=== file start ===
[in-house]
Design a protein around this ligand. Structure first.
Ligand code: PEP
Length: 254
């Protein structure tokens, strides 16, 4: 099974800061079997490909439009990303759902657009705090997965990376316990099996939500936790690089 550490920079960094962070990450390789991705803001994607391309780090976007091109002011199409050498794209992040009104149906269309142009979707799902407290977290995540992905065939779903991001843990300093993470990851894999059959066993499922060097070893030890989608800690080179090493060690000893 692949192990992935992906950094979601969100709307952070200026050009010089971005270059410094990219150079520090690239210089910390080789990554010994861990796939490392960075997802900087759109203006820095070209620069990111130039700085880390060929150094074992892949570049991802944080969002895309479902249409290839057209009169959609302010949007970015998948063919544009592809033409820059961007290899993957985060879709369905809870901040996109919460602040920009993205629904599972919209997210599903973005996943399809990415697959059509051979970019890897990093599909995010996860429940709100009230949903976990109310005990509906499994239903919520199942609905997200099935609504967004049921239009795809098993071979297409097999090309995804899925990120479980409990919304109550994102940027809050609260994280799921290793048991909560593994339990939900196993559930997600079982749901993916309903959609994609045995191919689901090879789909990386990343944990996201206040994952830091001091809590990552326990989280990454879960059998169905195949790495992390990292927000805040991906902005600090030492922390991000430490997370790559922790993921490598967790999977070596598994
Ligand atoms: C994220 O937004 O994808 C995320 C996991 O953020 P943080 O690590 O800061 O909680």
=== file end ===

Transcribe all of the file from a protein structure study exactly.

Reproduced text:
[in-house]
Design a protein around this ligand. Structure first.
Ligand code: PEP
Length: 254
């Protein structure tokens, strides 16, 4: 099974800061079997490909439009990303759902657009705090997965990376316990099996939500936790690089 550490920079960094962070990450390789991705803001994607391309780090976007091109002011199409050498794209992040009104149906269309142009979707799902407290977290995540992905065939779903991001843990300093993470990851894999059959066993499922060097070893030890989608800690080179090493060690000893 692949192990992935992906950094979601969100709307952070200026050009010089971005270059410094990219150079520090690239210089910390080789990554010994861990796939490392960075997802900087759109203006820095070209620069990111130039700085880390060929150094074992892949570049991802944080969002895309479902249409290839057209009169959609302010949007970015998948063919544009592809033409820059961007290899993957985060879709369905809870901040996109919460602040920009993205629904599972919209997210599903973005996943399809990415697959059509051979970019890897990093599909995010996860429940709100009230949903976990109310005990509906499994239903919520199942609905997200099935609504967004049921239009795809098993071979297409097999090309995804899925990120479980409990919304109550994102940027809050609260994280799921290793048991909560593994339990939900196993559930997600079982749901993916309903959609994609045995191919689901090879789909990386990343944990996201206040994952830091001091809590990552326990989280990454879960059998169905195949790495992390990292927000805040991906902005600090030492922390991000430490997370790559922790993921490598967790999977070596598994
Ligand atoms: C994220 O937004 O994808 C995320 C996991 O953020 P943080 O690590 O800061 O909680």